Contrary to a certain well-espoused maxim, the best things in life are not always free.
Take art, for example. Many never get to enjoy the aesthetic and psychological benefits of a good art piece because the price is too high.
That is one of the reasons why the North Vancouver Community Arts Council (NVCAC) runs its art rental program that allows people or businesses to rent artworks for $10 to $40 a month in a variety of styles and mediums, according to exhibition coordinator Jo Dunlop.
“The artist gets (70 per cent) of the rental revenue which doesn’t necessarily amount to much but there is also lots of exposure and the potential to sell the artwork,” says Dunlop, explaining that up to three months of the rent money can go towards the purchase price.
In addition to the 300-piece catalogue being available for viewing on the NVCAC’s website year-round, the council also holds semi-annual salon-style exhibitions where the works are displayed on the walls as a collection.
The latest such exhibition at the CityScape Community Art Space (335 Lonsdale Ave.) runs until Sept. 24.
Chris Warwick, the office manager at the Dundarave Dental Clinic in West Vancouver, has been renting art from the program for over four years.
“It is just a really great program,” says Warwick. “They have been very helpful and very open to people coming in and choosing something that you want.”
Warwick says she rents four works for about three or four months at a time, although sometimes she keeps certain paintings longer.
“You get so attached to some of this artwork that you don’t have the heart to send it back and then it becomes like almost part of the practice,” says Warwick, who currently has a painting of a field of wildflowers that she is not looking forward to returning.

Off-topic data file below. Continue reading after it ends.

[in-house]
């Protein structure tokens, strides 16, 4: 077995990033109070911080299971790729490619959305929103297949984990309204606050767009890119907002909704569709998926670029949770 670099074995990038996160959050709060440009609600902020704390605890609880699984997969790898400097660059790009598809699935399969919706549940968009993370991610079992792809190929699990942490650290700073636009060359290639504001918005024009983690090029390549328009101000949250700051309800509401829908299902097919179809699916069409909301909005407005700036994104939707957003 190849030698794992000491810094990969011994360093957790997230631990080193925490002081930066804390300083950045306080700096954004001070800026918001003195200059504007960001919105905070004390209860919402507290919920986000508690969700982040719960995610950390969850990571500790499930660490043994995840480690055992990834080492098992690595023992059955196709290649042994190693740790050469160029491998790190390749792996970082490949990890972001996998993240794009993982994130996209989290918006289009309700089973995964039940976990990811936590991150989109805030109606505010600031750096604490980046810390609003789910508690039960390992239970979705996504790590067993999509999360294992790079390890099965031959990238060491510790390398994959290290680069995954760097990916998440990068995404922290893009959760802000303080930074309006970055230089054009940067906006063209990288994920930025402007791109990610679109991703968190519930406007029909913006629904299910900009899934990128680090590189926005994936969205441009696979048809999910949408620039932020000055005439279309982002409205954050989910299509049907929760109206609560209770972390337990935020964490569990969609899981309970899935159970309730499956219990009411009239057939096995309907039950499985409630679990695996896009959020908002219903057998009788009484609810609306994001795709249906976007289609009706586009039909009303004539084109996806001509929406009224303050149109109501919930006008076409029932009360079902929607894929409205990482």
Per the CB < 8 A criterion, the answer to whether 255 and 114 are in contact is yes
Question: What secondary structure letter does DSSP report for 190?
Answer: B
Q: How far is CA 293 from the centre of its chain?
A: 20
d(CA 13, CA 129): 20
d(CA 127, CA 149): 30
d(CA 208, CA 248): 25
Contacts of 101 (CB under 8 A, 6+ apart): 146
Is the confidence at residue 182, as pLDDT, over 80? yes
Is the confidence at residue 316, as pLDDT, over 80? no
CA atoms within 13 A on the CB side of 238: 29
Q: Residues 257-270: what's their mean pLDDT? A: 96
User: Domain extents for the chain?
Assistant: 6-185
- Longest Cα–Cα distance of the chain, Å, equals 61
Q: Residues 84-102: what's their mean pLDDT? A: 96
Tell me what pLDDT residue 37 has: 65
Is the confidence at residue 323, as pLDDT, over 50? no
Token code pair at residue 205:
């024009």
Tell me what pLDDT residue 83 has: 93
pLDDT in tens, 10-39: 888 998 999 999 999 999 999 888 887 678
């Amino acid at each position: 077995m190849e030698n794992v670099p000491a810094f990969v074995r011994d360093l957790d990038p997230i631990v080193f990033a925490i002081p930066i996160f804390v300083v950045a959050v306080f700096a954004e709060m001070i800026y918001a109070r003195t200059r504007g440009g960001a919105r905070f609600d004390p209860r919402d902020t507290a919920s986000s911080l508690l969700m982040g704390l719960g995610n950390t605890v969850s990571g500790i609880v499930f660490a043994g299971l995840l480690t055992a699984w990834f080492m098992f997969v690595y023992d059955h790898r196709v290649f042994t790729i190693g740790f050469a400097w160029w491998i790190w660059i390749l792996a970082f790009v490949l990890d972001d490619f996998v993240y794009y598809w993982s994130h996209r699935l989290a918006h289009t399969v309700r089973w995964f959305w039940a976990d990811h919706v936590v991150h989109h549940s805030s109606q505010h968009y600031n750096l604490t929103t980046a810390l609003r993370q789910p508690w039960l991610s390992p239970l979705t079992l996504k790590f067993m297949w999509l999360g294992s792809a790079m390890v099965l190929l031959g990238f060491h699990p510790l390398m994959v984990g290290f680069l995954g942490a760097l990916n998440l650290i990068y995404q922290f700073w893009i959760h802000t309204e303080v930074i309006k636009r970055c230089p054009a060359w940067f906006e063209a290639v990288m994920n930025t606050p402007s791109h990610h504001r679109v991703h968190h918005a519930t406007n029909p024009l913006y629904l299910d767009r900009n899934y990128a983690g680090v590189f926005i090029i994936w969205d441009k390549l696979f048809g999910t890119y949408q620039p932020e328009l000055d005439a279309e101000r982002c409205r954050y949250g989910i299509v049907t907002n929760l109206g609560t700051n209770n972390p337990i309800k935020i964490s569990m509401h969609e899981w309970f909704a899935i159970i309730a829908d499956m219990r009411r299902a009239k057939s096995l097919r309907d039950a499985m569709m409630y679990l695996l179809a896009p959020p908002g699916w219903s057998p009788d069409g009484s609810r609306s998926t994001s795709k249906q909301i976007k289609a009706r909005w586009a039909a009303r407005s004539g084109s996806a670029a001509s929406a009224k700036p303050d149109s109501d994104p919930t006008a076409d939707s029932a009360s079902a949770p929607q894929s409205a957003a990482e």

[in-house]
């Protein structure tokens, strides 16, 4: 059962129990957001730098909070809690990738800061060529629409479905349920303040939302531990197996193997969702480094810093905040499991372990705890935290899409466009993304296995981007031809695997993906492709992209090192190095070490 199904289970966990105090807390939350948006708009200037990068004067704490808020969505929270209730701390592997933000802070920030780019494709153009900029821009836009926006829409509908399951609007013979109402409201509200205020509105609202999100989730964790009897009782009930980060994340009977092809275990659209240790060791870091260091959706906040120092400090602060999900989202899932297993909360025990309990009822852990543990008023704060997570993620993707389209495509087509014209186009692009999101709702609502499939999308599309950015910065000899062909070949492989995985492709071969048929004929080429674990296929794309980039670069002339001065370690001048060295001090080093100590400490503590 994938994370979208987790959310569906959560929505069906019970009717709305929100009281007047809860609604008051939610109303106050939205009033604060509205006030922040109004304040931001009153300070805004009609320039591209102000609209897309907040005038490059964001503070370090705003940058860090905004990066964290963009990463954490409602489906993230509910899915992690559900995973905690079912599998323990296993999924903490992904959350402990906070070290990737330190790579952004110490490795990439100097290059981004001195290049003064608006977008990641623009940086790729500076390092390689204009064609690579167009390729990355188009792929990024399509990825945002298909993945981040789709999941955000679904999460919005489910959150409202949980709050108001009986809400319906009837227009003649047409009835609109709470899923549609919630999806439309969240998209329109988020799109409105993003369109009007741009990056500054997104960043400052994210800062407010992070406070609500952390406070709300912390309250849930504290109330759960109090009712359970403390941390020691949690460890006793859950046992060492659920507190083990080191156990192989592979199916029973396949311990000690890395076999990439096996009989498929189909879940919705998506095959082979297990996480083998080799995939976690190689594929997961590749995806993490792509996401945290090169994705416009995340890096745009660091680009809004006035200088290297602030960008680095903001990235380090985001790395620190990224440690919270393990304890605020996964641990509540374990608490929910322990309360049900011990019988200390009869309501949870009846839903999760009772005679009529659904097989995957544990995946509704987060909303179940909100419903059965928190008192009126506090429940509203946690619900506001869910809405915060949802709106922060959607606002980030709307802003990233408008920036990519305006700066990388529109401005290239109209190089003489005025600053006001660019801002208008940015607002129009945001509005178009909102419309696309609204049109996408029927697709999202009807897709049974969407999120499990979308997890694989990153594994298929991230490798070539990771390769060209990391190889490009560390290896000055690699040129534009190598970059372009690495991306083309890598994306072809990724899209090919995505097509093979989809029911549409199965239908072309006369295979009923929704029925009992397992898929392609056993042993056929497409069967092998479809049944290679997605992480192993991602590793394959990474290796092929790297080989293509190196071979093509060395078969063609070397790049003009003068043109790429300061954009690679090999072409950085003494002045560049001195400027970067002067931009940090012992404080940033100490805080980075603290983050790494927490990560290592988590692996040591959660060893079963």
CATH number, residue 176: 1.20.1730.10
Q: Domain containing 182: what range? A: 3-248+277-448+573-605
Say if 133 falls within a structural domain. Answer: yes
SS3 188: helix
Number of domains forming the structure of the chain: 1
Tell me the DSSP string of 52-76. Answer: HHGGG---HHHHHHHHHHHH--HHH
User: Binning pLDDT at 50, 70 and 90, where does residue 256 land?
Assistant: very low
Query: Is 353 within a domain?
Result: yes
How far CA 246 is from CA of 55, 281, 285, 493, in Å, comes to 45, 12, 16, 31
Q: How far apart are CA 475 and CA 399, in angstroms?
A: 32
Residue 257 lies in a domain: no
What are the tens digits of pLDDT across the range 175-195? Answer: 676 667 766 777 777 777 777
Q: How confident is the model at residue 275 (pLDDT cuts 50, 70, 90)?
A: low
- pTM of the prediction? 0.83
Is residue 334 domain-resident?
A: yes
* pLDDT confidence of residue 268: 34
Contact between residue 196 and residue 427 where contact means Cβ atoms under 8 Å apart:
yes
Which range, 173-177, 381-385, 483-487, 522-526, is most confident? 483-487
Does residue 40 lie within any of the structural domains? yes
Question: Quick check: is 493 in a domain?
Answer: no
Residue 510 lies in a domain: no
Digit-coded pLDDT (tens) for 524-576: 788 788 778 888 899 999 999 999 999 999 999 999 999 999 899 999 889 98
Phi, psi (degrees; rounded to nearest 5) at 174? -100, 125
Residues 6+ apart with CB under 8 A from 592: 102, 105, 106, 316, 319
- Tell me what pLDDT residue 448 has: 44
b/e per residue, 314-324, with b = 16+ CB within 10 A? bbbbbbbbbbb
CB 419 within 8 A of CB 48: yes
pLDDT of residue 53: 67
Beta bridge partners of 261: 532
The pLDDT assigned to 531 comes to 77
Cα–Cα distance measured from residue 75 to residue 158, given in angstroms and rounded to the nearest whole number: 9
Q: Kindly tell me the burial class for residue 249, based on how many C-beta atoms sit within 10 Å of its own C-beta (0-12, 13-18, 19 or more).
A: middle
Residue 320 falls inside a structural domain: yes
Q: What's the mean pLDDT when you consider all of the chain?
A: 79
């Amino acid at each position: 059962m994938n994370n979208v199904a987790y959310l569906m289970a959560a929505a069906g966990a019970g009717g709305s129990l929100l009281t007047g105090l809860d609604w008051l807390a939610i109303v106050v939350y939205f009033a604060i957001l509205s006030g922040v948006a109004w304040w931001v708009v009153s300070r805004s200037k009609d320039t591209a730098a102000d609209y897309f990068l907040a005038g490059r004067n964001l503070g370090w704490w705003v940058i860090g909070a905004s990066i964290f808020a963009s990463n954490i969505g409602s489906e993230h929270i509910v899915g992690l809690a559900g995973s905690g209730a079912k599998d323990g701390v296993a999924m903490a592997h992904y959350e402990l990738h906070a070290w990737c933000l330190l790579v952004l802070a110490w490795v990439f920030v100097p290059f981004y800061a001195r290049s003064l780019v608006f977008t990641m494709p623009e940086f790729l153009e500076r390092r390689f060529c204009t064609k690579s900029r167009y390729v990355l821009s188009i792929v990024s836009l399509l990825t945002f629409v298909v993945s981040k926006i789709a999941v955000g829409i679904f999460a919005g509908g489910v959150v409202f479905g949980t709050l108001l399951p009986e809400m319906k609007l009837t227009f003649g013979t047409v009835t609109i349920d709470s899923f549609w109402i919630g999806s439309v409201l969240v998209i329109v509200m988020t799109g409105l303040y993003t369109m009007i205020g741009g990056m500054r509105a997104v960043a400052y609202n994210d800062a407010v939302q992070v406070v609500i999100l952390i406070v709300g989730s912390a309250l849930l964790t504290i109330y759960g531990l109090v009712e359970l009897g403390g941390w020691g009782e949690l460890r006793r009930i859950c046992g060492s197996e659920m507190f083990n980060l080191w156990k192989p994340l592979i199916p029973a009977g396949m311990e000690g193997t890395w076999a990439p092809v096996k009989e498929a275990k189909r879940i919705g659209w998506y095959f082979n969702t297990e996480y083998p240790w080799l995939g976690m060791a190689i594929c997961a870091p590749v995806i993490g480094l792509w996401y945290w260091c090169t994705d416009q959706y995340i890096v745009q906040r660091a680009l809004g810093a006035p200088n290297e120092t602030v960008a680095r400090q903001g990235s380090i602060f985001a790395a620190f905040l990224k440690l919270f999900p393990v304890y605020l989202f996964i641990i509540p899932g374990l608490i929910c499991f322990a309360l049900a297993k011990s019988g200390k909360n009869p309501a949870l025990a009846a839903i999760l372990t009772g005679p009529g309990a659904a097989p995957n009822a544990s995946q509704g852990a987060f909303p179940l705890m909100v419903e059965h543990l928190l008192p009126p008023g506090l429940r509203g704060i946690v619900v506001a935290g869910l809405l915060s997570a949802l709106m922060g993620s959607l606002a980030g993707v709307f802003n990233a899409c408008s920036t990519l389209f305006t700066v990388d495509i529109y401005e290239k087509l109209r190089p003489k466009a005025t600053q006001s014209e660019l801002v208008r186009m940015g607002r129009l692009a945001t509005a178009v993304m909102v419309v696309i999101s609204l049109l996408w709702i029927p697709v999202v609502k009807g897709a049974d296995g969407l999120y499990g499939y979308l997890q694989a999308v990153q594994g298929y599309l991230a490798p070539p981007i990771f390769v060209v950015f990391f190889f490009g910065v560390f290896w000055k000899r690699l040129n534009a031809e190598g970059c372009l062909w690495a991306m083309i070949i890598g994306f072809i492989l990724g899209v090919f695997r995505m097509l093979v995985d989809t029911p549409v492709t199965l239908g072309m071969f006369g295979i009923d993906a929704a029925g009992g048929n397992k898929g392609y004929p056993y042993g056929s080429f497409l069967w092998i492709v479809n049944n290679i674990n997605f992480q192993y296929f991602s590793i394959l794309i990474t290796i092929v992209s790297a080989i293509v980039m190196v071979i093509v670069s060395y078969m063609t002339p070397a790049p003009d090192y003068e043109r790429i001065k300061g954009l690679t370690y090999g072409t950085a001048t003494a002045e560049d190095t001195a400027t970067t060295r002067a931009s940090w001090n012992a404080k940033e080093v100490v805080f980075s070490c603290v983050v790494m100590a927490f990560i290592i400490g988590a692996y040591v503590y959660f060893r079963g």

“I like the colours and the movement of it. It is cheerful and right for a dental office. It just makes you smile.”
Warwick says that when she picks out pieces for the office she tries to find something that is restful and contemplative.
“We get a lot of people that will start dialoguing in the waiting room talking about the art,” she says. “A lot of patients will even ask about different pieces and who they were done by. And they are very conscious about going home and looking up the artist’s name.
Warwick says she has also been considering picking something for her own personal use.
“I have often thought that it would be kind of fun to do it for my home rather than buy a piece of artwork and then you get sick of it after a while,” she says. “This gives you an opportunity to look at new stuff every once in a while and try it out to see if you like it or want it.
“Plus, it is just nice to be able to support an up-and-coming local artists that is trying to get an in.”